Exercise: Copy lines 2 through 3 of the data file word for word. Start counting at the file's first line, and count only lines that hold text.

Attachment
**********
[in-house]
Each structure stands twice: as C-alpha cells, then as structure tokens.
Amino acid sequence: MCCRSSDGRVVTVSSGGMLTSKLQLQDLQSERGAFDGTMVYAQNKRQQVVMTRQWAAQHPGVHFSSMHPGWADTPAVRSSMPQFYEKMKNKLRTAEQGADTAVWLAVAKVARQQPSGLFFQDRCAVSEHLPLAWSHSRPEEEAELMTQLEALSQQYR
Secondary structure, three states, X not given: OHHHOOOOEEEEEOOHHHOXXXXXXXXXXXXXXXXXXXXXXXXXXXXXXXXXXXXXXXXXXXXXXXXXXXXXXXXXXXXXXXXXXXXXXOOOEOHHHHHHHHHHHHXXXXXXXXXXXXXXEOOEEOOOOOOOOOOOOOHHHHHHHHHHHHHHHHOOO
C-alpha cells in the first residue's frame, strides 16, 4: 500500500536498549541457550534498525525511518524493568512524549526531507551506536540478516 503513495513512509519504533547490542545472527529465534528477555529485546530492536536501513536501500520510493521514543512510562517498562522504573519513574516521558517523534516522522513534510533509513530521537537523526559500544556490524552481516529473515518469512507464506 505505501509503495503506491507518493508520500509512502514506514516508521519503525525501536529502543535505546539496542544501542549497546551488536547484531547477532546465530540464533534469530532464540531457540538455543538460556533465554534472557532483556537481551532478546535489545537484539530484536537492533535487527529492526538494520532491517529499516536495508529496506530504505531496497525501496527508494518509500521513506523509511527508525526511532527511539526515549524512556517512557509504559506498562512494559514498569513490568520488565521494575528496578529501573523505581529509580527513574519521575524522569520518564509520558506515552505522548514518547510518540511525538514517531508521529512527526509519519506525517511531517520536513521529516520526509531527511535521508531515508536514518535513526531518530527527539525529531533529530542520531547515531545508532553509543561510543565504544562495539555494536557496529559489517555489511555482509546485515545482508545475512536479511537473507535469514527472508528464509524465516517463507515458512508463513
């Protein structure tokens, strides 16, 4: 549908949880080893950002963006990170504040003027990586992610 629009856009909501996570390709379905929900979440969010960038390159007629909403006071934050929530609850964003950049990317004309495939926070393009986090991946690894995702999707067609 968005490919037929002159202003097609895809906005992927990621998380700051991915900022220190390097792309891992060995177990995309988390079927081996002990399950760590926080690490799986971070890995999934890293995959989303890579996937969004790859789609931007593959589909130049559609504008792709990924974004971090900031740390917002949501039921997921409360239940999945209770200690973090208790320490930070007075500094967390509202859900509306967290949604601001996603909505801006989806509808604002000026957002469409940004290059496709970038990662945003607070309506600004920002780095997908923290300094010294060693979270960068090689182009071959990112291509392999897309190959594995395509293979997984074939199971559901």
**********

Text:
Each structure stands twice: as C-alpha cells, then as structure tokens.
Amino acid sequence: MCCRSSDGRVVTVSSGGMLTSKLQLQDLQSERGAFDGTMVYAQNKRQQVVMTRQWAAQHPGVHFSSMHPGWADTPAVRSSMPQFYEKMKNKLRTAEQGADTAVWLAVAKVARQQPSGLFFQDRCAVSEHLPLAWSHSRPEEEAELMTQLEALSQQYR